“The Zero Theorem” (2013) is one of the best science fiction movies of the american origin director Terry Gilliam (born in 1940).
After “Jabberwocky” (1977), “Time Bandits” (1981), “Brazil” (1985), “The Adventures of Baron Munchausen” (1988), “12 Monkeys” (1995), “The Brothers Grimm” (2005), “The Imaginarium of Doctor Parnassus” (2009), Terry Gilliam shows us once again that he is a great contemporary fantastika creator.
„The Zero Theorem is a glimpse of the world I think we are living in now. Pat Rushin’s script intrigued me with the many existential ideas he had incorporated into his funny, philosophic, and touching tale. For example: What gives meaning to our lives, brings us happiness? Can we ever be alone in our increasingly connected and constricted world? Is that world under control or simply chaotic? We’ve tried to make a film that is honest, funny, beautiful, and surprising; a simple film about a complex modern man waiting for a call to give meaning to his life; about inescapable relationships and the longing for love, full of quirky characters and sparkling performances; raising questions without offering obvious answers. Hopefully, it’s unlike any film you have seen recently; no zombies, no caped crusaders or alien spacecraft. Actually, I might have lied about that last item. Having not worked with a budget this small for several decades, I was forced to work fast and instinctively, pressured only by time and money. We relied on the freedom to spin on a dime, to make outrageous creative leaps. The results surprised even me. I’m proud to have been part of The Zero Theorem.” – Terry Gilliam
“The Zero Theorem” is a SF film shot in Bucharest (Romania) and the natives will recognize parts of Calea Victoriei (Victory Way). A corrosive satire with orwellian shades of the contemporary world dominated by computers and large corporations. Reminiscent of “Brazil”, the film bears the hallmark of Gilliam: the eccentricity and the insolite humor, the freaky characters and contrasts between low-tech futurism and the decomposing classic background.
In a world of noise and claustrophobia technology in which you can’t hide anywhere from the ads that are chasing you on the streets – some of them promoting the Church of Batman the Redeemer – a “cubicle zombie”, a socially inept but brilliant in computers, fight the nemesis of it’s own destiny. Plagued by existential angst, he waits for a phone call that should give meaning to his life while working on the “zero theorem”, a mysterious project suggesting that the existence itself, the whole universe, Qohen Leth himself, has no sense.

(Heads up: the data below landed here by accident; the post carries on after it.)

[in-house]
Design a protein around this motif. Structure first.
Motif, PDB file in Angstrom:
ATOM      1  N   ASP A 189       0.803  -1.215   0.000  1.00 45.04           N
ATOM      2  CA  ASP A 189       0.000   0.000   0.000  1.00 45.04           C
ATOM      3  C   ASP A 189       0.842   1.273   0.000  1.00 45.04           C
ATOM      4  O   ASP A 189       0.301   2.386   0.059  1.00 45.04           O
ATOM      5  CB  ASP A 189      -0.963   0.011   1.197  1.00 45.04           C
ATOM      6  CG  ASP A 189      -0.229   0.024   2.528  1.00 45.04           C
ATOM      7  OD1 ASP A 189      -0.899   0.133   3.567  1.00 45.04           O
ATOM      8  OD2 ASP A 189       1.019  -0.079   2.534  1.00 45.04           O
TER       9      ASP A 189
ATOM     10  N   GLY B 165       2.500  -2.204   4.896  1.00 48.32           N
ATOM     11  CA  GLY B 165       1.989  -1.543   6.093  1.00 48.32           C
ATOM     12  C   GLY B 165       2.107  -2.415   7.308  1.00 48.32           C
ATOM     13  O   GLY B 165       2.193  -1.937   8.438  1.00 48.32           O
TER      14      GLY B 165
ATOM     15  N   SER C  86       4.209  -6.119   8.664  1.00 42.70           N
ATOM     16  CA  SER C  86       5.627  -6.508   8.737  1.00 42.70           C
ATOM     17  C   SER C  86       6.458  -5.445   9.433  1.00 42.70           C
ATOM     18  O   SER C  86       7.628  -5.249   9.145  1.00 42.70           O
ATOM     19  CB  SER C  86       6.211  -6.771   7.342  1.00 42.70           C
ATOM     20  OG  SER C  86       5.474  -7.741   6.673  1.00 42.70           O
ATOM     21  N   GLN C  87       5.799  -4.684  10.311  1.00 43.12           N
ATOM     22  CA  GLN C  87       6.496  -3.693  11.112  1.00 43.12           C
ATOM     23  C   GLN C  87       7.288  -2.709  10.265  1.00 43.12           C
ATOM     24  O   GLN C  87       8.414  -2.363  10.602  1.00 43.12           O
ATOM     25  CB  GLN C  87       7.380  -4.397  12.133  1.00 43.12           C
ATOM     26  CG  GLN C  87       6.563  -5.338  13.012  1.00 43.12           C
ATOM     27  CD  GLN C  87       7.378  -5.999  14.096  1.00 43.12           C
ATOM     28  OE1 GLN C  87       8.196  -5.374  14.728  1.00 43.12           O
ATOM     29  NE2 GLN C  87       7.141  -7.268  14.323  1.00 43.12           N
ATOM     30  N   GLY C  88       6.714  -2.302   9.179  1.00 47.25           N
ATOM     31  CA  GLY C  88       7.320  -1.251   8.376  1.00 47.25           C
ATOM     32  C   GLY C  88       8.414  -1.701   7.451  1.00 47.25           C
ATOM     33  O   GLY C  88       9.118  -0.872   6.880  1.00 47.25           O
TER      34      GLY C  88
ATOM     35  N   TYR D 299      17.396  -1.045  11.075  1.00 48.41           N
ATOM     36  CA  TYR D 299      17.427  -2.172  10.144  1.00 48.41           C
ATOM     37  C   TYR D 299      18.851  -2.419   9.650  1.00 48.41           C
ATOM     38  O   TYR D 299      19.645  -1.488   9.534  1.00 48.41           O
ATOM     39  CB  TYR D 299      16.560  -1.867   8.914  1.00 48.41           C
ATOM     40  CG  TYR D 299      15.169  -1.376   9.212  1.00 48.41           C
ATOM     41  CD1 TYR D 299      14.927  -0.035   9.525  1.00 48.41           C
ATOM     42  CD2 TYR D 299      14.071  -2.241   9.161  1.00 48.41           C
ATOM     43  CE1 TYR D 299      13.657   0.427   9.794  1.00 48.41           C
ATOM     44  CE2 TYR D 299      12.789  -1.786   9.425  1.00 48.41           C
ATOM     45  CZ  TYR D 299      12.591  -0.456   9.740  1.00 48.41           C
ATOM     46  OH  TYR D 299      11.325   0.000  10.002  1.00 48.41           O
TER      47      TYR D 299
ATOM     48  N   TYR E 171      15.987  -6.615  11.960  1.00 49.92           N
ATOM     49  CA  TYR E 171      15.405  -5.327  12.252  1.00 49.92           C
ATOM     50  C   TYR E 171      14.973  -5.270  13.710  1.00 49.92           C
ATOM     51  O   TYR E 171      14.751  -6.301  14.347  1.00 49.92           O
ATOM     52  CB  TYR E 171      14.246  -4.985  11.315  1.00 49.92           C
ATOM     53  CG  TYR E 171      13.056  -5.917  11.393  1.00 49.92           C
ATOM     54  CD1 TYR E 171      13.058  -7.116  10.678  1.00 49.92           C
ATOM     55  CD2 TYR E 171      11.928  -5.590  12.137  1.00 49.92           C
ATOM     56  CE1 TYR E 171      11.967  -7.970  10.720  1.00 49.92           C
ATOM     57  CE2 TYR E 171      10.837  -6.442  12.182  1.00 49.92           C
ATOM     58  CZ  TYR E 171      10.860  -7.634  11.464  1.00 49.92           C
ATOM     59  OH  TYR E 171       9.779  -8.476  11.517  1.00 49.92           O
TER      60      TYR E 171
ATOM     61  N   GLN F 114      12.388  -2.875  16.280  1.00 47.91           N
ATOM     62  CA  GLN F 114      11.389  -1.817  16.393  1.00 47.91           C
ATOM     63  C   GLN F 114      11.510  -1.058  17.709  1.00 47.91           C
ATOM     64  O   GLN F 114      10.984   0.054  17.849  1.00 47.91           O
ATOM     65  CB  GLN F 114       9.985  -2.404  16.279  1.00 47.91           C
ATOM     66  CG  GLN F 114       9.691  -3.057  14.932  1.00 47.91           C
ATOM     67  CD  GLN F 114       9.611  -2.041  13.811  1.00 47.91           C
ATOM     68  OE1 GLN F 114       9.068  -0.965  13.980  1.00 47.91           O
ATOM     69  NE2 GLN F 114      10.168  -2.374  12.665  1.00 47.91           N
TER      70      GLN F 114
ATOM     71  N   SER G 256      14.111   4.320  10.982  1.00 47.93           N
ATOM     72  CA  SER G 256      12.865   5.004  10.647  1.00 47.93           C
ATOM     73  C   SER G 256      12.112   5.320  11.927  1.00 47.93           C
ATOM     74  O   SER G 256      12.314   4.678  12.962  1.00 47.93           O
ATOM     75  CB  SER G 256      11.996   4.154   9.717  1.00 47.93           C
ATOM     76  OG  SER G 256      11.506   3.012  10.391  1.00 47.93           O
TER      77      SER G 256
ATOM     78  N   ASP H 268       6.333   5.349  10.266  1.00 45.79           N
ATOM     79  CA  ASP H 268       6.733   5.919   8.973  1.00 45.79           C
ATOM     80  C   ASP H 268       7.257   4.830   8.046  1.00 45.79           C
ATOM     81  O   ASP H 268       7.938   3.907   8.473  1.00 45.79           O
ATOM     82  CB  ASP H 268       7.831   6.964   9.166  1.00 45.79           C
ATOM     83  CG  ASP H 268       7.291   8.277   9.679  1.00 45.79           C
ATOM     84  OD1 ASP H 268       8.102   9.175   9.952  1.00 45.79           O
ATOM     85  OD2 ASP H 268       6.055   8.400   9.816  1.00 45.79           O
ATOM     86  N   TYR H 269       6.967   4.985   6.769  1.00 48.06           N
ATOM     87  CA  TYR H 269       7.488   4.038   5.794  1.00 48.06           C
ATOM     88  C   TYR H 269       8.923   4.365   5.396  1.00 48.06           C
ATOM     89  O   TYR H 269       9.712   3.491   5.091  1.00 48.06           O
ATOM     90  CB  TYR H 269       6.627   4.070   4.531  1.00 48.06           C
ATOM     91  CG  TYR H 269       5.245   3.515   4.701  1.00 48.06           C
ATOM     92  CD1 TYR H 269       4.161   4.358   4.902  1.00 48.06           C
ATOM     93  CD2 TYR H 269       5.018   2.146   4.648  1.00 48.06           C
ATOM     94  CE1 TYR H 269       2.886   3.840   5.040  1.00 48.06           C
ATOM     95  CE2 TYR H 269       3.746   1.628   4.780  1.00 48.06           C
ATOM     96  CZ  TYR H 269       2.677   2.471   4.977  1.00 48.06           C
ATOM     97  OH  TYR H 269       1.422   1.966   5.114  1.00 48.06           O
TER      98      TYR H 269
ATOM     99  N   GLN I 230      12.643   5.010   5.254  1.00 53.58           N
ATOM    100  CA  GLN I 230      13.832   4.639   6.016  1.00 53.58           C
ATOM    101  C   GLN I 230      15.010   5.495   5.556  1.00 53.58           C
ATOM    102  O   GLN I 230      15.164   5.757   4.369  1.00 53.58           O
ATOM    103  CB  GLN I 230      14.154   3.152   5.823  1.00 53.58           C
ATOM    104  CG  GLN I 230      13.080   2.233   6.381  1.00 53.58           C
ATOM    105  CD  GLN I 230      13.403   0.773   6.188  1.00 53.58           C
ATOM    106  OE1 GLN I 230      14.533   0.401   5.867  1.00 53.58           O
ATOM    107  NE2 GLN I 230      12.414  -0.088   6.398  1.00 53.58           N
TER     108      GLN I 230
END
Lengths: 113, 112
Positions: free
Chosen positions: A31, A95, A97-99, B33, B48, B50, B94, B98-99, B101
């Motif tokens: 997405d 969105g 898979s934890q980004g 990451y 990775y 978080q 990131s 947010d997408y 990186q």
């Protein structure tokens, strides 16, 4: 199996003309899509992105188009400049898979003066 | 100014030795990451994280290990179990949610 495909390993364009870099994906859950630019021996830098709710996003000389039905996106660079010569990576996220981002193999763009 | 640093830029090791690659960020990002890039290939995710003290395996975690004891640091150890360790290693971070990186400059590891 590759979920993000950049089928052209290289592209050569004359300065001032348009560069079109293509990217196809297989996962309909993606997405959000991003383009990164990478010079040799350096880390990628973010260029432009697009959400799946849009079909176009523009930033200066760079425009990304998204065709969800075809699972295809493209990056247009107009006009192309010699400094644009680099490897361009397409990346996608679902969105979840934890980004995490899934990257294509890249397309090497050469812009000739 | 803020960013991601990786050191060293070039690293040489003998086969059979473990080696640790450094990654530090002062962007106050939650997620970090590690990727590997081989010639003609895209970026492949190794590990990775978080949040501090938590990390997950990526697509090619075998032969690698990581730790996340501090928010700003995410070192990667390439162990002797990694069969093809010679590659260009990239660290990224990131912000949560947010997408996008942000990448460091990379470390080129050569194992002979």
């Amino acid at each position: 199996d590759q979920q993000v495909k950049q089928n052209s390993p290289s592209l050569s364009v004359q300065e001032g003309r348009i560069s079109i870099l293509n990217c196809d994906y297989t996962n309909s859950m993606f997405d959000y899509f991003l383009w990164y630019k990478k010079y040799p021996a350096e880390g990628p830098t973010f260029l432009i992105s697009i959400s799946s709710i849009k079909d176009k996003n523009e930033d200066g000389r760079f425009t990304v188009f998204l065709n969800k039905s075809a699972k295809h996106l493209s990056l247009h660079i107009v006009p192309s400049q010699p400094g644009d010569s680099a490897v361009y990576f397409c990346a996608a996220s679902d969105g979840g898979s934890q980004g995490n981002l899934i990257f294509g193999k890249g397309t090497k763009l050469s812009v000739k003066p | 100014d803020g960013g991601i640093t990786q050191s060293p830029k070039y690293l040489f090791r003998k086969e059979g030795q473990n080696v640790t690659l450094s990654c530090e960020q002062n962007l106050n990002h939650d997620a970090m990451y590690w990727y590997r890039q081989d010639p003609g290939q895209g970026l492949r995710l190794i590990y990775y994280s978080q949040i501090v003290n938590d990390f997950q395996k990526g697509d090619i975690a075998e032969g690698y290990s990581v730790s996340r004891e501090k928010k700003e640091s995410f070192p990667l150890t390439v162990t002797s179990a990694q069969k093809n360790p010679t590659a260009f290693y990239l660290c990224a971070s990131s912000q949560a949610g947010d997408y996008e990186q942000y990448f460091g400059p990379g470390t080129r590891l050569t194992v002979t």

Screen Daily wrote: „Frank Kafka is alive and well, striving in the 21st century and making films under the name of Terry Gilliam. His latest film, shot entirely in Romania, is unsurprisingly – since he has already done it before – looking for the meaning of life. His hero’s name is no longer K but Q and though he manages to find his way to the Master of the Castle, otherwise known here as Management, it is all for naught, since it turns out that even at that level, there are no satisfactory answers to be found.”
Gilliam ask some key questions – whether the existence makes sense, the contemporary crisis of spirituality, how can we protect our privacy space into a world of connectivity, canwe truly live the present moment or are we already enslaved to the virtual world – then he withdraw, leaving Qohen Leth, the main character and thus the viewer, to carefully introspect. As with any existential quests the result can only be surprising.
The director said: “I’m obsessed with the challenge of being alone. How can you know who you are, in these days when no one lives the moment? All are commenting the moment – on Twitter, on Facebook. We’re at dinner, here’s a picture of my plate – look ! Instead of being present, enjoying dinner and talking to people present at the table. It may sound schizophrenic, but I feel that there is a fragmentation of our lives.”
“Zero Theorem” was launched last year at the International Film Festival from Venice (September 2, 2013).
Director: Terry Gilliam. UK-Romania-France. 2013. 107 mins
Screenplay: Pat Rushin
Cast: Christoph Waltz, Lucas Hedges, Mélanie Thierry, David Thewlis, Matt Damon, Tilda Swinton, Peter Stormare, Ben Whishaw, Dana Rogoz, Emil Hoștină.